A.J. Tony Koveleski served on the boards of the AACA, CCCA and SCCA. In 1948, he acquired this car from the Manville Estate of Nyack, New York. It was pulled from a barn where it had sat idle for many years with its original gray paintwork still in place. It was in original condition having only 13,025 miles on the odometer.
The car was treated to a restoration over the next few years and given a bright yellow coat of paint. In 1949, it was shown at the Lars-Anderson Museum in Massachusetts, where it won first prize (Best of Show Restoration). Also in 1949, it went on the Antique Auto Glidden Tour where it won First in Class, followed by a Junior in Class win at Devon and won the Senior Class at Hershey Antique Auto Club events.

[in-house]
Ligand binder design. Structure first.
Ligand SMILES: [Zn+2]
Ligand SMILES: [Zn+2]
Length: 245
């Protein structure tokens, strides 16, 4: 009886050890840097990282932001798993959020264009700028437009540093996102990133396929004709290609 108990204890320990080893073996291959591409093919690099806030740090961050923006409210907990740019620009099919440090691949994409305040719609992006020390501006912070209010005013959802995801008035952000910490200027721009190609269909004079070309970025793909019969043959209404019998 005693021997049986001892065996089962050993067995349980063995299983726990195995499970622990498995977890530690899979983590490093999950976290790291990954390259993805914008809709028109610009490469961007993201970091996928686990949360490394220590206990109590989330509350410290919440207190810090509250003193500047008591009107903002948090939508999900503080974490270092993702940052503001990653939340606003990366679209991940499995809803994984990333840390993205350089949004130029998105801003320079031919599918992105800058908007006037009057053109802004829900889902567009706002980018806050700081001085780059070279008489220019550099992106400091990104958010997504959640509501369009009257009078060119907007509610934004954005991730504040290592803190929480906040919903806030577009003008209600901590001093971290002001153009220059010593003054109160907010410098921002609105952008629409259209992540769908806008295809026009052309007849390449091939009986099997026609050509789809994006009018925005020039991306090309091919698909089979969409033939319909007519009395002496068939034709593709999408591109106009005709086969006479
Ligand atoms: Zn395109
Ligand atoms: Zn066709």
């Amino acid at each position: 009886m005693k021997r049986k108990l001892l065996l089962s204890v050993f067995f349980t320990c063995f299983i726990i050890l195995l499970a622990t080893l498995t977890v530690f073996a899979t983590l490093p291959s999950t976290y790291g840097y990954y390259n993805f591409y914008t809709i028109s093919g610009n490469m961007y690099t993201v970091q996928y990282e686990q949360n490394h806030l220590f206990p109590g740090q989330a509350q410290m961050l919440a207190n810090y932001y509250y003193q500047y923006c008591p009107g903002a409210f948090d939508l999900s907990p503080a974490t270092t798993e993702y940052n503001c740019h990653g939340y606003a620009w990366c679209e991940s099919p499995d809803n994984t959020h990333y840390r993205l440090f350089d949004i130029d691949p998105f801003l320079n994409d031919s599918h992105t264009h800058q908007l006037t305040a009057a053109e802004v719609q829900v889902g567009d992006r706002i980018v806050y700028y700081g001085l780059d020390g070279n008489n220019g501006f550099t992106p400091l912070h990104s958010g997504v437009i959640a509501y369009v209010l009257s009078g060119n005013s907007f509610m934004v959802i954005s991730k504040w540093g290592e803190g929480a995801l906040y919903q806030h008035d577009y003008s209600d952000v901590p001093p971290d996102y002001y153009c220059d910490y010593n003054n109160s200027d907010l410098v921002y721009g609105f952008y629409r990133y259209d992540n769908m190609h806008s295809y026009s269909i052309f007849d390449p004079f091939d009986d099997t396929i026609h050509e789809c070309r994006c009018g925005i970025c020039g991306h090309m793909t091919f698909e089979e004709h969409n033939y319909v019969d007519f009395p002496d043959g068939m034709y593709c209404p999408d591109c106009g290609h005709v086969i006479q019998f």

This car has been driven in Pennsylvania's Giant's Despair Hillclimb, Bridgehampton, Glidden Tours, and at Watkins Glen. It was selected, along with 10 other cars, to compete in the 1954 Anglo-America Rally. After the 850-mile course, which ran from Edinburgh to Chichester, Koveleski, the Stutz won the coveted first prize for a time trial at Goodwood ahead of 19 other entrants.
There are less than six original Bearcats known to exist in modern times. In 2008, this Series E Bearcat was brought to the Gooding & Company auction held in Pebble Beach, CA. It was estimated to sell for $1,000,000 - $1,400,000. The lot was sold for $1,375,000, including buyer's premium. By Daniel Vaughan | Mar 2009